June 29, 2017—When a winter ice storm hit Atlanta in February 2014, it wreaked havoc on the city and prompted the leadership in the Lifelong Learning program to cancel a class on Hildegard of Bingen scheduled for that very week – a class I was registered to take. I scrambled to find another class that semester so I could stay on my self-imposed timeline of completing the Certificate in Spiritual Formation in three years. I landed in Jane Vennard’s class despite my hesitations. Teaching Spiritual Formation in the Congregation didn’t sound like a class that would benefit me. Turns out, Jane’s class was exactly the class I needed to take.
Our week together began with her speaking words of blessing over us. You already know so much, she assured us. Her gentle way of guiding led us to embrace that truth. Her invitations to share an experience when . . . were reminders that it’s not about being an expert. As she demonstrated, it’s about discovering a passion for sharing and cultivating space for growth. We know and we don’t know; we can share it all. She assured us that “when we teach from our own experiences – drawing on our difficulties and delights, our doubts as well as our faith – we engage the heart as well as the mind in the teaching and learning process.”
I still linger over Jane’s wise words about silence and the gift of deep listening. It was the root of all that we did together that week. As we explored ways to nurture ourselves and others in communal practices of worship, study and service, it was all wrapped in the sacred art of listening with an open heart. The body prayer she guided us in one morning continues to do its healing work on me. Revisiting that experience reminds me to release my cares and concerns into the arms of the Loving One who calls me beloved.
When Jane read a passage of scripture one afternoon, she invited us to use our bodies to give the words flesh. Watching a small group of folks physically interpret one phrase breathed life into those holy words. Her lessons on incarnation and connecting to the wisdom of our bodies continue to nudge me to explore other ways to embrace our bodies in soul care. “Our bodies help us know that God is as close and as necessary as our every breath.”
Parker Palmer describes a very good teacher as having a very good learner inside. Jane is a gifted instructor who dances with ease and grace between teacher and learner. She listens as much as she shares; she receives as much as she gives. She draws from her own experiences and weaves in those shared by participants in her classes. Jane nurtures a loving and safe community within the classroom, modeling the kind of learning community that we desire to shape within our congregations. She creates a space that is enlivened by the Spirit and a way of being together that engages the heart and mind.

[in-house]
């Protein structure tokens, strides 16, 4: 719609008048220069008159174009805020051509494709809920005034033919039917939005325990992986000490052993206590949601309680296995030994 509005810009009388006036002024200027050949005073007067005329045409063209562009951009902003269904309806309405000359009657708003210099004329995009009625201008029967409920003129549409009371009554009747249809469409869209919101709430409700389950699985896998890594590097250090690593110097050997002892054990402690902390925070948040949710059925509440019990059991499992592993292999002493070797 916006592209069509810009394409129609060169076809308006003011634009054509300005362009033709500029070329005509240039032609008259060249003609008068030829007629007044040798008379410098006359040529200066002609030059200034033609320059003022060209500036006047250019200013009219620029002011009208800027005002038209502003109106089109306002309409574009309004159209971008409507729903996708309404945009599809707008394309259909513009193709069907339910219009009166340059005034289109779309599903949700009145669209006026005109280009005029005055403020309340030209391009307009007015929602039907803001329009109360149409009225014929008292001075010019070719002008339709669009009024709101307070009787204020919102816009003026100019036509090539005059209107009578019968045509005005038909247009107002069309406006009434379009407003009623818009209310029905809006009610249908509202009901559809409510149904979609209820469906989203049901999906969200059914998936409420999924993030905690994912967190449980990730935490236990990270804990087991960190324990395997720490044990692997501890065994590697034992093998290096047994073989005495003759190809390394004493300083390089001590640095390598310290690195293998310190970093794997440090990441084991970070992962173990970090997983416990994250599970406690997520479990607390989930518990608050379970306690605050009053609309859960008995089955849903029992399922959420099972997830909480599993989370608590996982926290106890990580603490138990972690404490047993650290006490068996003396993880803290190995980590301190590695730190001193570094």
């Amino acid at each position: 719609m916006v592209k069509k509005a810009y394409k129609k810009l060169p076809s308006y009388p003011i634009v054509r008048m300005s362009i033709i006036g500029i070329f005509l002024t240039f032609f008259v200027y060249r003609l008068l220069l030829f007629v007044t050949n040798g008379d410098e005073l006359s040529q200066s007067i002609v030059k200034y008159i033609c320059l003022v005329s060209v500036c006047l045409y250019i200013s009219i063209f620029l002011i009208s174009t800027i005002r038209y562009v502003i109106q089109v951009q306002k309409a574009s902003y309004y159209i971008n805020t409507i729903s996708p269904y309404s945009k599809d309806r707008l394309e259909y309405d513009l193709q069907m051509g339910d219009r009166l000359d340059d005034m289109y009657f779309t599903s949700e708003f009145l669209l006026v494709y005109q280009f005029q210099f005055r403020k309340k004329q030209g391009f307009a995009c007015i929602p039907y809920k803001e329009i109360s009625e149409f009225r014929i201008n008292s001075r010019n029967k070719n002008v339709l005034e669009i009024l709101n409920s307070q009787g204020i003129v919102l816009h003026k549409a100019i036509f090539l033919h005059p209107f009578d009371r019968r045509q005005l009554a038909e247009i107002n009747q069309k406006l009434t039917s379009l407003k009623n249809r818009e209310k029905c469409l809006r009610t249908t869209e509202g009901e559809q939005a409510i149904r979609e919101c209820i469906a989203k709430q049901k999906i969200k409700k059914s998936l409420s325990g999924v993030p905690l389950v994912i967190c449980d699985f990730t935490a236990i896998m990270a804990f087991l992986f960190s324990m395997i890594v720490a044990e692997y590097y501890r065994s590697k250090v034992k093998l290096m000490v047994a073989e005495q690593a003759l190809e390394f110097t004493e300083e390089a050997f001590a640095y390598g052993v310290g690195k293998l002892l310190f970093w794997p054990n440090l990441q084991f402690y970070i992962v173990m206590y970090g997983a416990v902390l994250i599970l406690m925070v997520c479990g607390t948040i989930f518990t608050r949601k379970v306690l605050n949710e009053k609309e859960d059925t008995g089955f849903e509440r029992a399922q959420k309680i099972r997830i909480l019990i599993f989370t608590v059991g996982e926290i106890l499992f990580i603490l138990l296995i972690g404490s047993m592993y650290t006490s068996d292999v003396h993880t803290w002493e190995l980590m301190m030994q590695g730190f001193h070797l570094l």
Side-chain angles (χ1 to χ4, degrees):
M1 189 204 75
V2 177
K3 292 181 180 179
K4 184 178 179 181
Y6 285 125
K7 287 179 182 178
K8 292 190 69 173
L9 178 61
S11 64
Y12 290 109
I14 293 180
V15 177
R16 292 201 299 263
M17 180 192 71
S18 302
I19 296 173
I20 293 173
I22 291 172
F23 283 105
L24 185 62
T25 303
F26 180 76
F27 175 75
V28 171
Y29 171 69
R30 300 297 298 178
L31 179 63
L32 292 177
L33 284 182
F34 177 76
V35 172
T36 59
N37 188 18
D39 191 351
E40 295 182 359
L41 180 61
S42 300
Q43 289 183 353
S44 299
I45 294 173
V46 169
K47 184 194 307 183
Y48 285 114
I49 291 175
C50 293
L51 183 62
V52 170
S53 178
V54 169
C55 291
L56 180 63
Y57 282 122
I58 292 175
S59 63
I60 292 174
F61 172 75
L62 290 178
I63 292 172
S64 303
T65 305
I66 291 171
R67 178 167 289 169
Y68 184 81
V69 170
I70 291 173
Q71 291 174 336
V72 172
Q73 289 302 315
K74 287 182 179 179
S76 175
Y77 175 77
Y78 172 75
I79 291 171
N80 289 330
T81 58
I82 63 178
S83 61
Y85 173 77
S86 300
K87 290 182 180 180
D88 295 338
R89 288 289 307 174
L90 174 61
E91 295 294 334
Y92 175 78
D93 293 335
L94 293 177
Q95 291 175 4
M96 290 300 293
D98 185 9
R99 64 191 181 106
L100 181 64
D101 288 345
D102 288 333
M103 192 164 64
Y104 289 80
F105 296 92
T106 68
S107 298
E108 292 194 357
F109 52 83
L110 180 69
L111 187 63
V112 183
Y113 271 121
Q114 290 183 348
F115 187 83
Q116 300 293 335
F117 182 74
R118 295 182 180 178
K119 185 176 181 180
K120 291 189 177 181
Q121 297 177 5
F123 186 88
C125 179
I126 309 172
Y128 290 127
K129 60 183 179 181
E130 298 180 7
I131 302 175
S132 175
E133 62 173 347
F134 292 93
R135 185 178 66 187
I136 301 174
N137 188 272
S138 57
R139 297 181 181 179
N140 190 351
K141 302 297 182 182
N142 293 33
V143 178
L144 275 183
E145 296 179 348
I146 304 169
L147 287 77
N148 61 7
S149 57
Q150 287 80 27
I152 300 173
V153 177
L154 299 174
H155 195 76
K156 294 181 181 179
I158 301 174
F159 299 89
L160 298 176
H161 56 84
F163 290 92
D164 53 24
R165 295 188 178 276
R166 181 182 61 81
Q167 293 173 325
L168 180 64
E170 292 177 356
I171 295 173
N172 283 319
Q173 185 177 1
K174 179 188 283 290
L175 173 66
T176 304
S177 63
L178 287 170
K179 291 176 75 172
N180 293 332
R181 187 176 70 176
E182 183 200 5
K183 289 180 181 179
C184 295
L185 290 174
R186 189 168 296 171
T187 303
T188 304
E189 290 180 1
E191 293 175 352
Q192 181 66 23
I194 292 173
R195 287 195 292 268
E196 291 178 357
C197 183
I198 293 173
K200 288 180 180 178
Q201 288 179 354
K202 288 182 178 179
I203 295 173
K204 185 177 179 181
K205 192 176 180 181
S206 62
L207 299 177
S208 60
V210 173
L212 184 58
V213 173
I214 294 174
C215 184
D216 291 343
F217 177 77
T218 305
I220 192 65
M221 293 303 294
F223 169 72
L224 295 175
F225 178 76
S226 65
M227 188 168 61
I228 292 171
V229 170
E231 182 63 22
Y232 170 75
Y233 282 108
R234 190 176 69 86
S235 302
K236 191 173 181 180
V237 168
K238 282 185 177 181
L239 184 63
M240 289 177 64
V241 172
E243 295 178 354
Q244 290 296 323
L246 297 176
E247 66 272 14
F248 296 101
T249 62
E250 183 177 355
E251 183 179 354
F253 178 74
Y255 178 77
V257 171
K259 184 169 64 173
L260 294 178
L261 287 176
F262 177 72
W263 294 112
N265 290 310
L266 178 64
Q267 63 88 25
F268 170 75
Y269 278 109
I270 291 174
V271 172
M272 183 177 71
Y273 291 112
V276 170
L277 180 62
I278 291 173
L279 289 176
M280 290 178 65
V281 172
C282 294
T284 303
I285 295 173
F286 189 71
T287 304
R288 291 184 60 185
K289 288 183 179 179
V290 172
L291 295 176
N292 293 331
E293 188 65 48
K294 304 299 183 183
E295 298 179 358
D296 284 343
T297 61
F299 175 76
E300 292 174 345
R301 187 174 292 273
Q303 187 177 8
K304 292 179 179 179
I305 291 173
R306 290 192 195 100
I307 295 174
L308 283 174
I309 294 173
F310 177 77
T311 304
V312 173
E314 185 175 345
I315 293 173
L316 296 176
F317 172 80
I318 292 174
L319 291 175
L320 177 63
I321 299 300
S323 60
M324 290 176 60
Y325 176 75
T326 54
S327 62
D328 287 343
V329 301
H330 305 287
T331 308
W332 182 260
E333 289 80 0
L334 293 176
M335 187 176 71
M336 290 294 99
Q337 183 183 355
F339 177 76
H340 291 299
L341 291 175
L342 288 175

When I arrived in Decatur for Jane’s class, I was carrying the seeds of a new calling within me; seeds that were watered that week. The winter storm that disrupted my well-planned path, blew me in a direction that was sprinkled with delightful surprises and invitations. I began discovering the endless possibilities available by tapping into my unique gifts and passion for journeying with others on the spiritual path.
Monica Citty Hix currently serves as the Minister of Music at First Friends Meeting in Greensboro, NC. She is also the founder of Inner Ground, a recently formed local non-profit whose mission is to nourish the human heart and spirit through contemplative practices and expressive arts. Follow Inner Ground on Facebook and Instagram. Earlier this year, Monica completed the Certificate in Spiritual Formation. She’s married to her college sweetheart, Phil, who shares her love of travel and dark chocolate
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 Jane E. Vennard. A Praying Congregation: The Art of Teaching Spiritual Formation (Herndon: The Alban Institute, 2005), 103.
 Ibid., 44.